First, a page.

Home equity conversion mortgages are available to individuals who are at least 62 years of age who own their own homes or have adequate equity. With these loans you receive payments from the lender who in turn is receiving equity in your home.
The loan becomes due after the borrower passes away or moves from the residence. Such a move would often times be a move into a long-term care facility.
The appeal of these loans is the fact that someone who is living on a fixed income can suddenly enjoy an infusion of cash.
There are however some pitfalls to take into consideration. One of them is the fact that you incur some significant expenses when you take out one of these reverse mortgages.
Interest is going to be applicable, and there are loan servicing fees. Appraisers and attorneys must be paid for their services, and you have to keep reverse mortgage insurance current.
So yes, you are pulling some money out of your home but you are not getting very good value considering the costs involved.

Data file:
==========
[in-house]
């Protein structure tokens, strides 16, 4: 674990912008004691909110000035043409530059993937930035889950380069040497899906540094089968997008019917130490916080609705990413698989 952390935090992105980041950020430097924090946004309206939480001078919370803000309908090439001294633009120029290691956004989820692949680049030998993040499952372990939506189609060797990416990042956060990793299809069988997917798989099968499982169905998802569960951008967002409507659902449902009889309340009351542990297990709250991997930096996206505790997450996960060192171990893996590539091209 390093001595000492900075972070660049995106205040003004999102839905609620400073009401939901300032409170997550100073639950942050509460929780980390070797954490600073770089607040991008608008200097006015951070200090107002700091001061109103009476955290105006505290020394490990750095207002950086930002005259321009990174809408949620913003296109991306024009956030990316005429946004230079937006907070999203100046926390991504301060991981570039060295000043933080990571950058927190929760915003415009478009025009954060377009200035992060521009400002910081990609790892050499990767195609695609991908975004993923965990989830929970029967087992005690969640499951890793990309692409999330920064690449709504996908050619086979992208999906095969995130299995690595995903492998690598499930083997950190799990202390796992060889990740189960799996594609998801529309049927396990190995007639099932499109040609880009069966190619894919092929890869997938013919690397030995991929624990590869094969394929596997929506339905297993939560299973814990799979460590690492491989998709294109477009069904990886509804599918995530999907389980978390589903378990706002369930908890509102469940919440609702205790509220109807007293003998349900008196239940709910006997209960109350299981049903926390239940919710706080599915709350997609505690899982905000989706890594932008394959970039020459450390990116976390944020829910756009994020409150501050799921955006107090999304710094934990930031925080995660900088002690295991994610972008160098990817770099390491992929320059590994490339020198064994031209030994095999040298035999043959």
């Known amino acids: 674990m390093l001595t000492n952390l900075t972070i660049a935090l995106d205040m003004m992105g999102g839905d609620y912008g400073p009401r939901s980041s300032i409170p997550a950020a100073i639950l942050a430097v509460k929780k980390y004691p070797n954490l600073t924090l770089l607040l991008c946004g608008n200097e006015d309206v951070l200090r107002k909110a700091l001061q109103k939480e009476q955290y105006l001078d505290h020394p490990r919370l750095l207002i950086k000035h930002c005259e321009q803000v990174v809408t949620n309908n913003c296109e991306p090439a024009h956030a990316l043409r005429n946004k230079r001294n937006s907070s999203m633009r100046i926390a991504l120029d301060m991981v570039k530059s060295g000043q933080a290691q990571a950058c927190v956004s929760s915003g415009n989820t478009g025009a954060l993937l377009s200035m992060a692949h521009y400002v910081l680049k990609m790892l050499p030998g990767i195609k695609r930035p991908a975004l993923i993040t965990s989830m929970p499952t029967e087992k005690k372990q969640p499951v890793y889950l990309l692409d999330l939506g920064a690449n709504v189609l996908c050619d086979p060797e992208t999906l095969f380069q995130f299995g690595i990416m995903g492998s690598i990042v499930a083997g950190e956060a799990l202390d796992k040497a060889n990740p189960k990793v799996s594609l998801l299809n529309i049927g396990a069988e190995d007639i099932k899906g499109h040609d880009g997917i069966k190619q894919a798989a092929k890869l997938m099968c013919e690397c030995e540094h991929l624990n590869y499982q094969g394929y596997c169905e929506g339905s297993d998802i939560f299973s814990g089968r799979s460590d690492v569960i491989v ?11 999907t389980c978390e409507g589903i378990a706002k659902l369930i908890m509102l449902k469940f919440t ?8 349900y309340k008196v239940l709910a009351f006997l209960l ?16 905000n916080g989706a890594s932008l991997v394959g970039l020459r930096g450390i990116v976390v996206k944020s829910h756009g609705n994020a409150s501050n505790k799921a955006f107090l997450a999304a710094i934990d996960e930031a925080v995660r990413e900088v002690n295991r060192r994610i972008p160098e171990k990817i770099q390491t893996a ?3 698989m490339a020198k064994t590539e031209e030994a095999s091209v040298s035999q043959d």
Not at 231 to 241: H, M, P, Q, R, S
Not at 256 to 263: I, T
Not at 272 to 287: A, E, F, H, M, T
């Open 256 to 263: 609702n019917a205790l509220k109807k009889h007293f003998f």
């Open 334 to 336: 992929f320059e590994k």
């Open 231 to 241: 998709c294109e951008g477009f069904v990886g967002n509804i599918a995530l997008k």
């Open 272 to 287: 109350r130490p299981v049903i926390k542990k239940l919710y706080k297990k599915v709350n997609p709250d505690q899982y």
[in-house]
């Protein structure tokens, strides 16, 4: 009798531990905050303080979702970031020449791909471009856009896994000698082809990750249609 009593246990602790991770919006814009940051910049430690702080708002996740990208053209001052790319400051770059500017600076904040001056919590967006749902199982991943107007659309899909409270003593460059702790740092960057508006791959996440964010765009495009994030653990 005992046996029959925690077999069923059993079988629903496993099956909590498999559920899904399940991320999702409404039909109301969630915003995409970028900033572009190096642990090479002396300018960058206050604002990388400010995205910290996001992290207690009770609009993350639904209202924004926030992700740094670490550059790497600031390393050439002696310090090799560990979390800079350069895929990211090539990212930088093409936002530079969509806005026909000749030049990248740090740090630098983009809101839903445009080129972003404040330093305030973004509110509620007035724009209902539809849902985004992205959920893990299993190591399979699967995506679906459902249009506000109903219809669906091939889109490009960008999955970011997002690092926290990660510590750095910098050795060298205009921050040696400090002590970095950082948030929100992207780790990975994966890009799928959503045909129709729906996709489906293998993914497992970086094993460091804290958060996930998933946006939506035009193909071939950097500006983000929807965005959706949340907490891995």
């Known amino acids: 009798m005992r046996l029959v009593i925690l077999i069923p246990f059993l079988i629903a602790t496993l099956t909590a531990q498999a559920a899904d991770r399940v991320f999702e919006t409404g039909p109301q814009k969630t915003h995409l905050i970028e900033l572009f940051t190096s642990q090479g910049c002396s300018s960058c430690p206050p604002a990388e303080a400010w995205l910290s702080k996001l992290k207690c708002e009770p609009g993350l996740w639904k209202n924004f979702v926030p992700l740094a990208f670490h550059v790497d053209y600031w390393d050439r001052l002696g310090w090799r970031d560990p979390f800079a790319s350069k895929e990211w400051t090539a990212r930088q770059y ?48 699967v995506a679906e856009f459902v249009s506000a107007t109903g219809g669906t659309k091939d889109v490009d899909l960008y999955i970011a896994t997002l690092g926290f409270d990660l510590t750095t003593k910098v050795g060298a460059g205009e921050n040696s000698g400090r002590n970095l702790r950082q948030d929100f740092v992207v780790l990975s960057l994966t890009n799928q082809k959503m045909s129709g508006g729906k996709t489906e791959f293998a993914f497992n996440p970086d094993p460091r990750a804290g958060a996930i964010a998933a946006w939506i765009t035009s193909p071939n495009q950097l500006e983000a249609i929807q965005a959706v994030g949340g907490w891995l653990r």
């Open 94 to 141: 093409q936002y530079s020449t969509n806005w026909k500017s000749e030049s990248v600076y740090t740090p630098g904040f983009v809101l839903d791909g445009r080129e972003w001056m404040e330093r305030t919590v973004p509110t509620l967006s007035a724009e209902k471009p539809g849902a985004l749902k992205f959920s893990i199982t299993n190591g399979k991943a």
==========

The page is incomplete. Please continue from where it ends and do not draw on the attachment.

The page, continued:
The estate planning implications are also something to think about. When you are using the equity that you have in your home while you are still alive you are steadily reducing your ability to leave something behind to your loved ones.
The wise course of action is to discuss all of your options with a good retirement planning lawyer before you take the plunge and agree to a reverse mortgage deal. Your lawyer may be able to make recommendations that enable you to go a different route that is perhaps a bit more beneficial for you and your family.
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